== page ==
JERUSALEM (Reuters) - Church leaders in Jerusalem shut the Church of the Holy Sepulchre on Sunday in protest at a new Israeli tax policy and a proposed land expropriation law which they called an unprecedented attack on Christians in the Holy Land.
Roman Catholic, Greek Orthodox and Armenian church leaders said the holy site, a popular stop for pilgrims and where many Christians believe Jesus was crucified and buried, would remain closed until further notice.
After the protest move, an Israeli cabinet committee delayed by a week its scheduled consideration on Sunday of a bill that would allow the state to expropriate land in Jerusalem sold by churches to private real estate firms in recent years.
The stated aim of the bill is to protect homeowners against the possibility that private companies will not extend their leases of land on which their houses or apartments stand.
The churches are major property owners in the city. They say such a law would make it harder for them to find buyers for church-owned land - sales that help to cover operating costs of their religious institutions.
“This abhorrent bill ... if approved, would make the expropriation of the lands of churches possible,” said the statement by Theophilos III, the Patriarch of Jerusalem, Francesco Patton, the Custos of the Holy Land, and Nourhan Manougian, the Armenian Patriarch of Jerusalem.
Rachel Azaria, the lawmaker who sponsored the legislation, said in a statement she agreed to delay the committee’s discussion by a week so that “we could work with the churches” to try to resolve the dispute.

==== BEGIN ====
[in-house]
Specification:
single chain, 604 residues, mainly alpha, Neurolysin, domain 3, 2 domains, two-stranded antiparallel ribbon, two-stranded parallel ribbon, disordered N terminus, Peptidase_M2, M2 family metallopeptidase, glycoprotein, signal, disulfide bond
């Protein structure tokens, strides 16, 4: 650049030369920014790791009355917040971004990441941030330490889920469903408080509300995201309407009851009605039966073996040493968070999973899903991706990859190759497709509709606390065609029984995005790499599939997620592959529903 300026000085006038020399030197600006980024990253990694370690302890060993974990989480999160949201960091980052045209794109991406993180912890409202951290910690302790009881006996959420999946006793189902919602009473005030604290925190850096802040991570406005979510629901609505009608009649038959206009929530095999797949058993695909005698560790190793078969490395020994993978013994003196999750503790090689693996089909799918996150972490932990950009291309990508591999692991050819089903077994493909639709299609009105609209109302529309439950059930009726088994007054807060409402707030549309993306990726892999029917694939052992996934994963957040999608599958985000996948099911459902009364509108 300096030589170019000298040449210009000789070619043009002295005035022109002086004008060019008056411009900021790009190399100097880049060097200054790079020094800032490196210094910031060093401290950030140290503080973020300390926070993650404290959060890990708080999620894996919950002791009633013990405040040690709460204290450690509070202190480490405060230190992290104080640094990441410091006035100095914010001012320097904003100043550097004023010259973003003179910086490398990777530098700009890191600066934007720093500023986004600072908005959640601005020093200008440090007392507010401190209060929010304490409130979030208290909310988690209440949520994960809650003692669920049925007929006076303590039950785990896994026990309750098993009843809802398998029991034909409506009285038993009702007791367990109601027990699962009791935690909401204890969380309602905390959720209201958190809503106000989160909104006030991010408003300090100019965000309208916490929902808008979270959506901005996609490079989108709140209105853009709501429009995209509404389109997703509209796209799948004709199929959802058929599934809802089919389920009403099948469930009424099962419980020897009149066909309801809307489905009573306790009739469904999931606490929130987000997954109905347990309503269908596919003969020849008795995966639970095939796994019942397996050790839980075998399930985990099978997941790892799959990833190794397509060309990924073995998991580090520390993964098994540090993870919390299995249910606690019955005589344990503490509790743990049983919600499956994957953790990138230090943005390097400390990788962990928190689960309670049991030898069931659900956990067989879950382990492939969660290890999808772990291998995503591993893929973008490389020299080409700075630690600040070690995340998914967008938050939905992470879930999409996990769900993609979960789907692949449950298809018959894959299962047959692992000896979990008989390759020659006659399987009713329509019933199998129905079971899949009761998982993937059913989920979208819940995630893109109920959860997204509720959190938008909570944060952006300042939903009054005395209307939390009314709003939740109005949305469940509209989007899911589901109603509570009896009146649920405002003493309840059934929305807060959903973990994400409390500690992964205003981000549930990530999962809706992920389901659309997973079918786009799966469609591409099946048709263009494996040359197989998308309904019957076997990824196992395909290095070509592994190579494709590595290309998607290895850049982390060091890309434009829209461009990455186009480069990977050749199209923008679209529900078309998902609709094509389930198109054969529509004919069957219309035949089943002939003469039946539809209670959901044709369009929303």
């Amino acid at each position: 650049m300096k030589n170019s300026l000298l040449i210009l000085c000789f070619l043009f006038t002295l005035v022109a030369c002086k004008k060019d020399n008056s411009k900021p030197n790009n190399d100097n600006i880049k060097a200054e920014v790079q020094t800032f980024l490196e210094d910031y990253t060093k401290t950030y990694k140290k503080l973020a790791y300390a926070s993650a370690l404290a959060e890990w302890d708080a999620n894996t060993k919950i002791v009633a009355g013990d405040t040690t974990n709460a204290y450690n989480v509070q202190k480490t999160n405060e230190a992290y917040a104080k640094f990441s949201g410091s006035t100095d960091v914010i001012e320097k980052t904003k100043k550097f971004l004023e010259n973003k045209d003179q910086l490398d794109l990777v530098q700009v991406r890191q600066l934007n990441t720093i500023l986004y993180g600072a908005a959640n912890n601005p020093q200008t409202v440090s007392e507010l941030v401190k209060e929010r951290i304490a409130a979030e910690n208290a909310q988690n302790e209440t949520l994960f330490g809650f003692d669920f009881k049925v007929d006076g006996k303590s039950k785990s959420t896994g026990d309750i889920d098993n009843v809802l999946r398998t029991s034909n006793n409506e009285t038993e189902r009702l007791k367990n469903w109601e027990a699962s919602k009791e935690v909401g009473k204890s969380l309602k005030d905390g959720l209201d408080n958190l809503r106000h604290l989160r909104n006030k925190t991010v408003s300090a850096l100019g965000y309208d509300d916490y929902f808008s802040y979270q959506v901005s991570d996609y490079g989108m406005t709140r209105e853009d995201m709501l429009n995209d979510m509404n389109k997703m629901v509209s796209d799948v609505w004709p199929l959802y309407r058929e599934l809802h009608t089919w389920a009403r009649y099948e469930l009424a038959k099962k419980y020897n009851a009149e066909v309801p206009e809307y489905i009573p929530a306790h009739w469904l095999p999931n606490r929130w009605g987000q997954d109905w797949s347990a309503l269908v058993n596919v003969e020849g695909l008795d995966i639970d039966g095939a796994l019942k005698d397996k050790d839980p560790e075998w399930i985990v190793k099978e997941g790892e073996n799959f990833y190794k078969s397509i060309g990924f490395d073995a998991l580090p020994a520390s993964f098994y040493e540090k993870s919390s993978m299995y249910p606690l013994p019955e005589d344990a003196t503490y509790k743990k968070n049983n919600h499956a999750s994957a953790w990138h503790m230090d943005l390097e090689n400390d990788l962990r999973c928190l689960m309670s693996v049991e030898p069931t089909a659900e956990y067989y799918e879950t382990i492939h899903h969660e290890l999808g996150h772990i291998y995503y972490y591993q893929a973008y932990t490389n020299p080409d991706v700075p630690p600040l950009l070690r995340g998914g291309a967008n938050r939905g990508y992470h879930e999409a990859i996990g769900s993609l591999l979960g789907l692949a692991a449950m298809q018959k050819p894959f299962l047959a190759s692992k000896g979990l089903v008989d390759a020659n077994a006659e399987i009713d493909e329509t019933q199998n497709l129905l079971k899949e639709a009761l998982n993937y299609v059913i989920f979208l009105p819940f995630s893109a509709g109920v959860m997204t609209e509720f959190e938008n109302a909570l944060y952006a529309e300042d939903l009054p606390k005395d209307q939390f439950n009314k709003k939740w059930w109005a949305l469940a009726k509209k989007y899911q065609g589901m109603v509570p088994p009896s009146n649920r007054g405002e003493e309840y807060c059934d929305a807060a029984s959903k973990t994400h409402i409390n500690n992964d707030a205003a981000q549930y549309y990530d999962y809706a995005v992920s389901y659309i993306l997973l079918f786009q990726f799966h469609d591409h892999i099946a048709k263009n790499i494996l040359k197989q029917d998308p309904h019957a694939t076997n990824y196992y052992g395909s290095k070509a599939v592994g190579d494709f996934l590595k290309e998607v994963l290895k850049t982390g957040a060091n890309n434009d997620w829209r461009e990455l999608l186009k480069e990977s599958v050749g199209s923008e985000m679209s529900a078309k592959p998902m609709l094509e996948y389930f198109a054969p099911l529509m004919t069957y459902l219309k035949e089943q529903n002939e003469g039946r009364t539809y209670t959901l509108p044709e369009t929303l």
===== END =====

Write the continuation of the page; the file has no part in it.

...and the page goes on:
The churches’ protest was also aimed at the recent cancellation by Israel’s Jerusalem municipality of a tax exemption it has granted to church-owned commercial properties in the city.
“This reminds us all of laws of a similar nature which were enacted against the Jews during dark periods in Europe,” the church leaders said.
Jerusalem Mayor Nir Barkat said on Twitter it was illogical to expect that church-owned commercial property, including hotels and retail businesses, would continue to enjoy tax-exempt status.
“Let me make it clear: we are not talking about houses of worship, who will still be exempt from property tax, according to law,” he wrote.
Outside the Church of the Holy Sepulchre, pilgrims voiced their disappointment at finding its doors shut.
“I am very upset. It’s my first time here and I made a big effort to get here and now I find it closed,” said Marine Domenech from Lille, France.
Reporting by Jeffrey Heller and Ori Lewis; Writing by Jeffrey Heller; Editing by Raissa Kasolowsky, William Maclean